Glass, which we use at home, at work and in many fields, is produced with sand, lime and soda materials. When exposed to very high temperatures, these substances become hot and form glass paste.
The mixture of sand, lime and soda is heated to a temperature of 1500 degrees in a clay container placed in the oven. This paste, which is soft and caustic, is removed from the oven and blown with straws called o pipe ta in glass-making. The paste, which is then allowed to cool, becomes glass. After cooling, it hardens and becomes brittle.
The same frit is also used to make other materials such as window glass, stained glass and crystal.
How to Make Glass Cups?
Glass, which has a wide usage area from decoration to kitchenware, from personal use to construction, has been known and used since ancient times. First thought to have appeared in Egypt, glass, 300-400 BC again began to be shaped by blowing. Glass products, which are frequently seen during the Seljuk period, started mass production in the USA in 1904 with the establishment of the first factory.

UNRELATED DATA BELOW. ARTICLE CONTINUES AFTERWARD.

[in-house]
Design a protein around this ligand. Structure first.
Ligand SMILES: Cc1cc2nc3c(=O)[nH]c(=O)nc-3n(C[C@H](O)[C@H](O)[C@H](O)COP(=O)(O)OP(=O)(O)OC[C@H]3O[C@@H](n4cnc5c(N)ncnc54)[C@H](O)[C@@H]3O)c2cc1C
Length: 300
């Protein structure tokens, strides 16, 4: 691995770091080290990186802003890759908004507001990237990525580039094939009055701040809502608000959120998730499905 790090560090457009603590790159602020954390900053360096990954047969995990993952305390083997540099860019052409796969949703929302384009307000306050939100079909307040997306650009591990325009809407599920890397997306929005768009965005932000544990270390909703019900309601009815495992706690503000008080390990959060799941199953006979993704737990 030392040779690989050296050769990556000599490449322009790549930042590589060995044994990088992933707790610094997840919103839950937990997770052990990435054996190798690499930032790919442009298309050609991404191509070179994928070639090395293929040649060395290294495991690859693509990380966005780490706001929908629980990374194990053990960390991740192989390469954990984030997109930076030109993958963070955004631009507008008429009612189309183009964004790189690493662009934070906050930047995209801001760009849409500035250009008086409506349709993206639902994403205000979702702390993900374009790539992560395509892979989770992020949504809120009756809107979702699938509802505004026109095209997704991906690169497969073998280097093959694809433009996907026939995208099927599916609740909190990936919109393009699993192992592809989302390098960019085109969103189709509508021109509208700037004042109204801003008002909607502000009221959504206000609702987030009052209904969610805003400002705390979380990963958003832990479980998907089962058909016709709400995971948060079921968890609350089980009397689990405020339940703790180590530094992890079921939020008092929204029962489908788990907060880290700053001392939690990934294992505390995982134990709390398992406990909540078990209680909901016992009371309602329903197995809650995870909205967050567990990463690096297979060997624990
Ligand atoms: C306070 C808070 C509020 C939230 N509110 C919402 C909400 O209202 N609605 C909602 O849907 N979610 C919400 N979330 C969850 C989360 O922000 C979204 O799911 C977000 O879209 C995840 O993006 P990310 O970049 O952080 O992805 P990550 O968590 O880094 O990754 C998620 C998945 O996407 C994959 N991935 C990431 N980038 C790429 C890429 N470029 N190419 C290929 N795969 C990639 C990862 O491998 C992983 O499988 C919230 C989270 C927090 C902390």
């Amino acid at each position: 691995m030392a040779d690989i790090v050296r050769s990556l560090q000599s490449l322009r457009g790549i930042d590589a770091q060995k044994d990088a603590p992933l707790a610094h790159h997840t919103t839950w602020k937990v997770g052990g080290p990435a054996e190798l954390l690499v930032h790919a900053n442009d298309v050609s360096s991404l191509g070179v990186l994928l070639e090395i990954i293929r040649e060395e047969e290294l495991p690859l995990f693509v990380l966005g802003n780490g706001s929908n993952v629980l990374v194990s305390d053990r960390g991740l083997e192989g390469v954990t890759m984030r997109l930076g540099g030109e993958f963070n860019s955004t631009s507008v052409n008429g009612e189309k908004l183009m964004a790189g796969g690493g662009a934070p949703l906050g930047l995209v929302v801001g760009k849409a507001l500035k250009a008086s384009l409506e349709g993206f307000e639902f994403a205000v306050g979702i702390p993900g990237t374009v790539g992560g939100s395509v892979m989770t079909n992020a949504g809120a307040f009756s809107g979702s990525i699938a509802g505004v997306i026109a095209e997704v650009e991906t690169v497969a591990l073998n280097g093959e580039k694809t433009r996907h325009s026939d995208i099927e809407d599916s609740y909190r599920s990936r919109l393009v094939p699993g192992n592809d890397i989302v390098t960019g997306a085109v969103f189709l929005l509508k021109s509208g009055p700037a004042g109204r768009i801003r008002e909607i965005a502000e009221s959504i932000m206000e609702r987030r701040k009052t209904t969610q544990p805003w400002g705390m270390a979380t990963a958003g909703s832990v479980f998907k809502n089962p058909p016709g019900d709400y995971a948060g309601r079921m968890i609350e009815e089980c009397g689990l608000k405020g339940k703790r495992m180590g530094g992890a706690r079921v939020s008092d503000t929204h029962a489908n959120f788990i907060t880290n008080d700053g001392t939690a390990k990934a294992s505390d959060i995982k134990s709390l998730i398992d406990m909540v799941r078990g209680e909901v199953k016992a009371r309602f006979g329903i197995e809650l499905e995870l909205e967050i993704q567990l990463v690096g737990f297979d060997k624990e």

Although the main material of the glass is sand, soda and lime are among the ingredients. The purpose of soda is to convert the glass into a flowable material to make it easier to shape. Lime increases the resistance of the material to chemical reactions during the operations. When they are added to the soil and exposed to a temperature of 15.000 degrees, tea cups are formed which we all know. It is actually silicon dioxide that forms the glass. The use of mixtures in different proportions affects the glass quality and types. For example, in order to make glass, soda ratio should be increased and silica ratio should be decreased. Another step to be made after the materials forming the glass is the forming process.
There are different methods of shaping glass. Some prefer blowing and blowing, and some prefer casting. It can also be used in pressing, flotation, fiber forming, tossing and foaming. Glass formed by these techniques can be used after many processes such as cutting, coloring and sandblasting. In other words, the formation and shaping of the glass together with the previous and subsequent stages are quite laborious and exhausting.